Thursday, February 11, 2010

EXCLUSIVE: Denham Hits Back at Permanent Secretary

Click on any of the three images to enlarge

Earlier this afternoon I posted details of correspondence between the Permanent Secretary at the DCLG, Peter Housden, and his Secretary of State, John Denham. I have now been given Denham's reply, which accentuates the impression of a total breakdown between in relations between the two men over local government reorganisation in Devon, Suffolk and Norfolk.

It was a sign of things to come that despite pleas from various Conservative MPs, Denham refused to make an oral statement on this yesterday in the Commons. Instead, the details of the plans for the three counties were slipped out in a Written Answer from Local Government Minister Rosie Winterton.

We haven't seen the last of this.

UPDATE: A DCLG Spokesman has been in touch and commented...

A spokesman for Communities and Local Government said:

"There has been no breakdown in relations between the Permanent Secretary, Peter Housden and Secretary of State, John Denham. The Permanent Secretary works very closely with Ministers on decisions such as this. It was right that he, as department’s chief accounting officer, raised value for money matters as one of the criteria. Ultimately the decision is one for Ministers. They took the wider view that where there was clear local support and the potential to create lasting economic growth for the region."

So that's all right then. Nothing to see. Move along.


James Higham said...

Yes, when it descends to the mutual letter writing, it's a sign of things to come.

DespairingLiberal said...

Read any good political diary (I recommend Chris Mullin's recent offering) and you will see that Permi-Secs and their ilk frequently use the bogeyman threat of legal action against the dept as part of an effort to get their own way. Denham is just involved in one such typical rebuttal.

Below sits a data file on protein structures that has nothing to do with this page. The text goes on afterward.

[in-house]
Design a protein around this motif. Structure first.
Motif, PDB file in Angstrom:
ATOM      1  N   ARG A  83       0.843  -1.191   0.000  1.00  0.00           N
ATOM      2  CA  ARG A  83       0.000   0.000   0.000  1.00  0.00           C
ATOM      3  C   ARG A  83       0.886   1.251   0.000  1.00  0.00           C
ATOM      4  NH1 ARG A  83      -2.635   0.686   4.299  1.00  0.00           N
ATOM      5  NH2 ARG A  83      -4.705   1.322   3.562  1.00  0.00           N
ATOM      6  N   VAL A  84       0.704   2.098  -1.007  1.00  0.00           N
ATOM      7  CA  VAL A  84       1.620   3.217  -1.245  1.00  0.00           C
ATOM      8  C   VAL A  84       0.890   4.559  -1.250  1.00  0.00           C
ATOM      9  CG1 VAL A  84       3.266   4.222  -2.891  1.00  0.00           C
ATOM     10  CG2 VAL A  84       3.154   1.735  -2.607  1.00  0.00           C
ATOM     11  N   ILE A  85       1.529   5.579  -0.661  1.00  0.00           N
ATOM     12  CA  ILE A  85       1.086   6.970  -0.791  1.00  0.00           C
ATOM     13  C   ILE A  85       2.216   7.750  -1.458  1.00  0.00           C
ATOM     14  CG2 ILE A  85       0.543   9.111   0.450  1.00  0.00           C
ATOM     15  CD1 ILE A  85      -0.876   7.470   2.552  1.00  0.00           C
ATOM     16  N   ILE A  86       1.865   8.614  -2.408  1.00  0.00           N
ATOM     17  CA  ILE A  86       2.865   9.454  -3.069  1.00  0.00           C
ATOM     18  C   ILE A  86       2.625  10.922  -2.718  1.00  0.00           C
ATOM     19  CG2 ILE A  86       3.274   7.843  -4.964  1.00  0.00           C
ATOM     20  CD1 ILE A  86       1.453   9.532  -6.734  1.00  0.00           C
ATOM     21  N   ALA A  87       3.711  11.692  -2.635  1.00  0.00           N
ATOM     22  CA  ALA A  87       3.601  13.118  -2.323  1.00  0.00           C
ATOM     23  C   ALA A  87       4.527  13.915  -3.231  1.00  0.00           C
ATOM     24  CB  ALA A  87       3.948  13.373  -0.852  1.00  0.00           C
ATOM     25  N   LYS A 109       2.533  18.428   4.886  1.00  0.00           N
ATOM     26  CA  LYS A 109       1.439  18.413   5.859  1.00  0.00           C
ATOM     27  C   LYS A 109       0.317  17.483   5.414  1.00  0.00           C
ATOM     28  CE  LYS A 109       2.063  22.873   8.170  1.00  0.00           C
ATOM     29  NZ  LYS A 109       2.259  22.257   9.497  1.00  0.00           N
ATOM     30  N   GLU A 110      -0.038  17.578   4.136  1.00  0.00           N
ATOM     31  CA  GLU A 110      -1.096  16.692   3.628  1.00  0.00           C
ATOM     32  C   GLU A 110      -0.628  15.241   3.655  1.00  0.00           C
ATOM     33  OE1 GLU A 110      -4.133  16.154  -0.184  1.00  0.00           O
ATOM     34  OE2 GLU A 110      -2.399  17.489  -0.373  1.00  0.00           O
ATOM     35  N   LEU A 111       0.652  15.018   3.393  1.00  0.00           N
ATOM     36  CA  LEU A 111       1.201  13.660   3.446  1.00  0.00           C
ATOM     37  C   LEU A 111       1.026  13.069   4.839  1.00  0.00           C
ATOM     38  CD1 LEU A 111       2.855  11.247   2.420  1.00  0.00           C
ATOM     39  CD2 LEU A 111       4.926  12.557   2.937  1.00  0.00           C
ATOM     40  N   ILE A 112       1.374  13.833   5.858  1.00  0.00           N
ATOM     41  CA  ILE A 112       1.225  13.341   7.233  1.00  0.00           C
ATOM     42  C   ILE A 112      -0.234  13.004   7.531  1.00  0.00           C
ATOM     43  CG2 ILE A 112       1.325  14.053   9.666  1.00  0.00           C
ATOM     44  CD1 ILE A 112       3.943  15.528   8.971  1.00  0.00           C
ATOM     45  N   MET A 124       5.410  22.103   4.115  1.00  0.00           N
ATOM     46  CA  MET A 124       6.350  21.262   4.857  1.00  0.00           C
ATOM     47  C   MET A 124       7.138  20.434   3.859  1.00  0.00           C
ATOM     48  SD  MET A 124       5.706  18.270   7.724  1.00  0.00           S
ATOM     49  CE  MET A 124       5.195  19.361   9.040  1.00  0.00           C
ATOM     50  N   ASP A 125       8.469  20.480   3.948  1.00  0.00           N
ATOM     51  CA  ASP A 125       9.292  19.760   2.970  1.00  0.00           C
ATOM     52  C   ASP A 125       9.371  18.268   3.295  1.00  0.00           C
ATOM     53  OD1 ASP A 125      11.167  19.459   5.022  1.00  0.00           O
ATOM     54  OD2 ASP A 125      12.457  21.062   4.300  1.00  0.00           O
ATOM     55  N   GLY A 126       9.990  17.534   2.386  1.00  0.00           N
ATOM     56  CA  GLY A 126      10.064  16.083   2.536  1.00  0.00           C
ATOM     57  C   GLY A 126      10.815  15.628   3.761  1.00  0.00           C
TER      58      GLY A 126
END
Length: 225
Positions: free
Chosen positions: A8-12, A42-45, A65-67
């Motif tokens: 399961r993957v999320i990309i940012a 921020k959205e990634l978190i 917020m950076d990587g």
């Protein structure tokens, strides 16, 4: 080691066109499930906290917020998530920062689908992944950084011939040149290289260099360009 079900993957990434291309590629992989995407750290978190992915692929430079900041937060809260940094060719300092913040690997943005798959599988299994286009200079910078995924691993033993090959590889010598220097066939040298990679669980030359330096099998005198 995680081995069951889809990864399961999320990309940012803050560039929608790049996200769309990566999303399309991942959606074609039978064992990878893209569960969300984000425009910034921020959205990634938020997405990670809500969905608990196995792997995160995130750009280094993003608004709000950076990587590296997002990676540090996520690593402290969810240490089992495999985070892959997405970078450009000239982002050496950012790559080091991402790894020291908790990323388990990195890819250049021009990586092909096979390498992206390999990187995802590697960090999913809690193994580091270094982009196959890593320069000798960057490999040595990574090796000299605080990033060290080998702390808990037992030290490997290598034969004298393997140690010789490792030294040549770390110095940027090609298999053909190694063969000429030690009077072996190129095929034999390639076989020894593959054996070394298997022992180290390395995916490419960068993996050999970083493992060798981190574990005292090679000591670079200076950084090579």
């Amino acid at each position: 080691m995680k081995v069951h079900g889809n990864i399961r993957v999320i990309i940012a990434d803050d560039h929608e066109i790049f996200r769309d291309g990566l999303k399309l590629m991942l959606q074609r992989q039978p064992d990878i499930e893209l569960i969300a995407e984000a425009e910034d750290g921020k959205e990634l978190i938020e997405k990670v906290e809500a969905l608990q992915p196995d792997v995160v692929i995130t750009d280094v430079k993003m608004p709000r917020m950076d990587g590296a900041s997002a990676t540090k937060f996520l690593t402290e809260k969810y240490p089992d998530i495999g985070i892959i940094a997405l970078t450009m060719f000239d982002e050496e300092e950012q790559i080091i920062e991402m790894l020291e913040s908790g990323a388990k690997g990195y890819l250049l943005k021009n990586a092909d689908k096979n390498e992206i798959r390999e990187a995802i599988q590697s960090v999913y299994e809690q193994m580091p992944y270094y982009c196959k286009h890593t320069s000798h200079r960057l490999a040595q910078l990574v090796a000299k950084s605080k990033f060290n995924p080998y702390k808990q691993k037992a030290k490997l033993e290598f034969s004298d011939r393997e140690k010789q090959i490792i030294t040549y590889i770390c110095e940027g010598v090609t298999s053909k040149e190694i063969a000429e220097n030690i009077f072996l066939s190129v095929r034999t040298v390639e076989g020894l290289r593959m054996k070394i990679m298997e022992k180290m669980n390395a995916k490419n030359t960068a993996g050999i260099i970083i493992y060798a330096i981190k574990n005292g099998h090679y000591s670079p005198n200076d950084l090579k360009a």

One of the really, really sad things about the British "system" is that it generally takes a couple of years for an incoming minister to develop the knowledge and balls to take on their civil servants - shortly after which they get reshuffled and the next "minister" comes under the dead hand of those really in charge in the department.

This might be good for some spurious notion of "stability" but it does nothing for decision making or speed of government. The struggles ministers go through to get the smallest changes approved are legendary. In many ways the UK government is hopelessly stuck. This is one of the amusing things that always comes up when comparing with the EU. As if Britain's governmental system is so marvellous!

Nigel said...

As a constitutional and political process geek (a Hennessy Wannabe, you might say), I can say this exchange is certainly highly unusual, but its leaking within 24 hours is utterly astonishing. The leak itself will lead to a crisis of confidence in the Department which will have significant repercussions across Whitehall.

Iain Dale said...

DL, that's about rhe best comment you have ever made on this site. See, you can do it when you want to!

DespairingLiberal said...

I know Iain, sorry, I can't help sometimes getting drawn into the silly feuding that takes place around here. Credit where it's due, this is a neat piece of journalism by you.

bunnco said...

John Denham's response would carry some weight if, indeed it were possible for all the 'Growth' to be contained within the Norwich city boundaries.

But it isn't.

All the thousands of houses, including Mr Brown's EcoTown at Rackheath will be developed outside Norwich in neighbouring Broadland and South Norfolk districts.

So the primary defence against his decision is proven to be unsound within 20 minutes.

You're right, we haven't heard the last of this! Sir Humphrey called this one right.

Unsworth said...

@ DespairingLiberal

Some are much better at it than others. Read Alan Clark and his comments about MoD, DTI, etc. I don't think it took him anything like two years to crack the whip. Many Ministers and ex-Ministers are far too ready to blame their Civil Servants for their own failures and incompetences. Most diaries are, after all, and with a few exceptions, exercises in self-exoneration.

And you ignore the important detail that many Ministers are only too glad to be moved on. Having buggered up their various departments and the nation at the same time these idiots are desperate to avoid personal repercussions. Education? Health? Defence? Home Office? Just a few minor examples.